Wednesday, June 20, 2012
Today -100: June 20, 1912: Of the real and lawful majority of the convention, executions, and Lloyd George’s hat
NYT: “The convention today cheered for Roosevelt and voted for Taft.” There was a 45-minute pro-Theodore demonstration (to be fair, there was also a 15-second Taft demonstration later in the proceedings). Later, Roosevelt supporters withdrew from the convention’s credentials committee on the pretext of its refusal to give a full hearing to all the contested seats (and the convention voted to let 72 contested delegates, enough to swing the convention to either Taft or TR, vote on their own cases). TR had told a meeting of his delegates in the morning that if the “fraudulently seated delegates” were seated, they, “the real and lawful majority of the convention,” should organize their own convention. Incidentally, before the bolt, the Theodores were spreading a rumor that if the convention nominated Roosevelt, Taft was planning to run as an independent.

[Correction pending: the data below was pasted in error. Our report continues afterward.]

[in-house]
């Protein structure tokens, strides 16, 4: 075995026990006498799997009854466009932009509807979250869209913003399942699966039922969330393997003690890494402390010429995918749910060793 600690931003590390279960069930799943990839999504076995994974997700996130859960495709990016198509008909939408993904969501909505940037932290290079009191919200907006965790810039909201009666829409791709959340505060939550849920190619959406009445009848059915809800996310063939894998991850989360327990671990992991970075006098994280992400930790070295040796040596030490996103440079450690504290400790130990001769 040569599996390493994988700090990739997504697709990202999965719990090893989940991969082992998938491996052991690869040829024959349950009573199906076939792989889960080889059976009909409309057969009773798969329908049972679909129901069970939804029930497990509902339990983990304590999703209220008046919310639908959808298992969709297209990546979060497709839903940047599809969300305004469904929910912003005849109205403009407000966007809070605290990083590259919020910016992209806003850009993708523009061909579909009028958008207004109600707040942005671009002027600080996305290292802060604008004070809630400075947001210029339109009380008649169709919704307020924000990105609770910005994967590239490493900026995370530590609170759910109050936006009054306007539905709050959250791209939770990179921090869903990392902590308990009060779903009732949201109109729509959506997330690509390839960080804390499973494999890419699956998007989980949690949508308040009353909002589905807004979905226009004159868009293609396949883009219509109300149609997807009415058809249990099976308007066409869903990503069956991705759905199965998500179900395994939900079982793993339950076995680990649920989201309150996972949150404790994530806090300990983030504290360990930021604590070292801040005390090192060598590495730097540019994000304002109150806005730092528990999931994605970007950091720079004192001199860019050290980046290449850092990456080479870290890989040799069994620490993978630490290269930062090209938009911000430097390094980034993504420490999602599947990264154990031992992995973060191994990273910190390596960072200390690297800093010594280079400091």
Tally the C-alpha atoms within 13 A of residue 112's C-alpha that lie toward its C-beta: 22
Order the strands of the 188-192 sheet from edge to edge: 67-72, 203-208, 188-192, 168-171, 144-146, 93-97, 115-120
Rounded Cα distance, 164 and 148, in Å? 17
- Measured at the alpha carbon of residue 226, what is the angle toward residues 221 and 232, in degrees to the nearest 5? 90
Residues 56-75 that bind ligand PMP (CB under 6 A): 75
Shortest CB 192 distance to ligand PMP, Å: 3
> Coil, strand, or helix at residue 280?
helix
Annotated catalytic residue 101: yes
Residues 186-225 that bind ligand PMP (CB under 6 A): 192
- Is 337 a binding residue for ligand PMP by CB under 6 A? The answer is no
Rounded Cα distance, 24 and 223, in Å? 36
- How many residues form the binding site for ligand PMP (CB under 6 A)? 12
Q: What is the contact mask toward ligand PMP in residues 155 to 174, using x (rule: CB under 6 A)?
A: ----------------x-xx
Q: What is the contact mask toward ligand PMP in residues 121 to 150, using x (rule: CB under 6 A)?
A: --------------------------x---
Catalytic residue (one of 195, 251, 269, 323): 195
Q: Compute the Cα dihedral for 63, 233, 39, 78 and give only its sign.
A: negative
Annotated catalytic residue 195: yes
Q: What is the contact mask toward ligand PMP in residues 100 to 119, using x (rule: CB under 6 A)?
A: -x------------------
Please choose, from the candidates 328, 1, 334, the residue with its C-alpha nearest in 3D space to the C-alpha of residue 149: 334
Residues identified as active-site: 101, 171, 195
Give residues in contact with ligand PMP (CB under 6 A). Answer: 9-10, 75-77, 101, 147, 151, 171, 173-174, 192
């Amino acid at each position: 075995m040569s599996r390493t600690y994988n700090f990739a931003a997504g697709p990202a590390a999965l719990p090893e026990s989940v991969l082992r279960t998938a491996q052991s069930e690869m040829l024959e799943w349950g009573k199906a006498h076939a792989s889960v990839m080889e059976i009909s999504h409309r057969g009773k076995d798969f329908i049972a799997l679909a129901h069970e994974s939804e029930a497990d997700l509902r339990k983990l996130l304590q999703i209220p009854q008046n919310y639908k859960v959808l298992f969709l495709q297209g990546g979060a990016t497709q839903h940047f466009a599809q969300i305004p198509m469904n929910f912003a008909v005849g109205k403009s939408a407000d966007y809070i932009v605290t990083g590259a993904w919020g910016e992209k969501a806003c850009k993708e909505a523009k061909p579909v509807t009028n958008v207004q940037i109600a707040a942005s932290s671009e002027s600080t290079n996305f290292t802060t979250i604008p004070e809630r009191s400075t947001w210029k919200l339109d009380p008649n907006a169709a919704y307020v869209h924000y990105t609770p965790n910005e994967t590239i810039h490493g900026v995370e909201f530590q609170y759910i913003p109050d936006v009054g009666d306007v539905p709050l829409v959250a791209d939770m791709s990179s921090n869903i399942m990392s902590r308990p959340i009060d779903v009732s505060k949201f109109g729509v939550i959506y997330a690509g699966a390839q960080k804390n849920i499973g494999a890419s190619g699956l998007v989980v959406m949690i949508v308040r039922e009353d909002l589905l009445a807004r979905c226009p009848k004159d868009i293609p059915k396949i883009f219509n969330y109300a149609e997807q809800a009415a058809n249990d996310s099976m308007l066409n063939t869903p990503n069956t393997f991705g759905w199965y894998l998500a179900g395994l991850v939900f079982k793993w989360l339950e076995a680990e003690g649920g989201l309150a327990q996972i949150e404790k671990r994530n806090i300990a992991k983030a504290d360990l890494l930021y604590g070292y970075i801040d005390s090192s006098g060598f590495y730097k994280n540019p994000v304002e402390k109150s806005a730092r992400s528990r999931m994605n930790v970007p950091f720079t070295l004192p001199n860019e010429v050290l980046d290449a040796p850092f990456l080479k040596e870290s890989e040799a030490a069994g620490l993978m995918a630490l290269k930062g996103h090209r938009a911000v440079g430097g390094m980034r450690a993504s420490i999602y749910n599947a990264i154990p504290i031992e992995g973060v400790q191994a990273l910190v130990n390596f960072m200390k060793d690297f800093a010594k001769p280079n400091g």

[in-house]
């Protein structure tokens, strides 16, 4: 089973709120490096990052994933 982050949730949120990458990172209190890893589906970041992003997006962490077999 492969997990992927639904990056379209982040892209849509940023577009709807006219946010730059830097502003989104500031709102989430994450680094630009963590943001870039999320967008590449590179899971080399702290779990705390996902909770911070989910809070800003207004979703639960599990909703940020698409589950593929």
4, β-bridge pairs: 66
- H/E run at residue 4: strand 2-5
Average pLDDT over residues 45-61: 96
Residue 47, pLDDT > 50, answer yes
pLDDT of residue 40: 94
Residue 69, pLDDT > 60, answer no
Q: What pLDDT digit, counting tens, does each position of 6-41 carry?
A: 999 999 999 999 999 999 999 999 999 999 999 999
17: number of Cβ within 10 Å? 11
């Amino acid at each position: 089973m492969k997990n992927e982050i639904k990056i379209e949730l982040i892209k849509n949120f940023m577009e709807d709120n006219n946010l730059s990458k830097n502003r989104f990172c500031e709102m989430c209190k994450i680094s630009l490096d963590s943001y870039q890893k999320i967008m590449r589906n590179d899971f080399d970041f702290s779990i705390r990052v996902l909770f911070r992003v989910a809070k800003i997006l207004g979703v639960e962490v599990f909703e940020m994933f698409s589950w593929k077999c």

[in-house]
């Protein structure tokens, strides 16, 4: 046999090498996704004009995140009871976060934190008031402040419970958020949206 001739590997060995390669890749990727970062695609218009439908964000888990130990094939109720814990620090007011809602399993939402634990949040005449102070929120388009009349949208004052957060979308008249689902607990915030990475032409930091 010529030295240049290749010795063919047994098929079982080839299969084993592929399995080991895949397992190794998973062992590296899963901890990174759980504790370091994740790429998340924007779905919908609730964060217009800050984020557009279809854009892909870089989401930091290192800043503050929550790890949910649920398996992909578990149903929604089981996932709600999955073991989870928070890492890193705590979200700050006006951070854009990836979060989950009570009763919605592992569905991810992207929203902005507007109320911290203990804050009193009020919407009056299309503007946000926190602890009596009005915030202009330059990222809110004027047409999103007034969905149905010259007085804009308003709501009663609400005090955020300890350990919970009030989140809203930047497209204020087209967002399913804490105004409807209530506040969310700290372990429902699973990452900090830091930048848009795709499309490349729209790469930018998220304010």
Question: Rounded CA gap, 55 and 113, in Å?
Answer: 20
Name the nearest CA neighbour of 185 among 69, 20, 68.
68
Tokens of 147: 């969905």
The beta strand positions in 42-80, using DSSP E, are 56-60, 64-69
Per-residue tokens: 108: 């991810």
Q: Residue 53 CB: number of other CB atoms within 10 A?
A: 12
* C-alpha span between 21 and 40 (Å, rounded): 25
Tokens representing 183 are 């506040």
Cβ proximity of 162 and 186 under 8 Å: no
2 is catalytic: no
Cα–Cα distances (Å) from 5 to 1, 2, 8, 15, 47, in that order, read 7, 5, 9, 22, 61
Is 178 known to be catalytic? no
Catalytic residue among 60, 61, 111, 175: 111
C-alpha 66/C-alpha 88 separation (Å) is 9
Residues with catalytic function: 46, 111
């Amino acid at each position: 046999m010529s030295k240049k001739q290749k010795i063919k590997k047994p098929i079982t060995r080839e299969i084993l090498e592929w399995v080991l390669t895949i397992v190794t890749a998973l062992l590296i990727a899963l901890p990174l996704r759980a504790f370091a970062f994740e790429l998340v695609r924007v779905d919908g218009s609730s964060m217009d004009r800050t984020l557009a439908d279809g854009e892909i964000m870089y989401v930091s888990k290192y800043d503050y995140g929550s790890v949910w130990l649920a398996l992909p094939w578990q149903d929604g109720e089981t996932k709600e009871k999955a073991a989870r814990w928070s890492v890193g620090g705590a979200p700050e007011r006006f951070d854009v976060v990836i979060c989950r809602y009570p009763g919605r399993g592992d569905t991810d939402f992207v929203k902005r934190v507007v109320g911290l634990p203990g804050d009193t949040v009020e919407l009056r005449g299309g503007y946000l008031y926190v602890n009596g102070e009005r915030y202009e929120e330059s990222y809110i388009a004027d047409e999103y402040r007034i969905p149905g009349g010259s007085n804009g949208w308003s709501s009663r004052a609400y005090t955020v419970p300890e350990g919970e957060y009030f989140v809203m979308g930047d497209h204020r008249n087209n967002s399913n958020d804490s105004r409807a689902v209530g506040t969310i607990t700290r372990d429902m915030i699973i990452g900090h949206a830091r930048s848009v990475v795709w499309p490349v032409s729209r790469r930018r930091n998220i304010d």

A convicted murderer will soon be executed in Nevada. Under a new law, he gets to choose the method of execution and has opted for being shot. The NYT thinks this is inappropriate for a non-military regime and that hanging is “a relic of the mediaeval punishments by public exposure.” It also thinks taking poison (an option the Nevada Legislature considered but rejected) is “revolting to modern sensibilities” and much prefers New York’s electric chair, which is “certain, scientific, and prosaic”.
British Suffragettes knock Chancellor of the Exchequer David Lloyd George’s hat off. Detectives seize the women while he jumps into a cab and escapes. No word on the fate of the hat.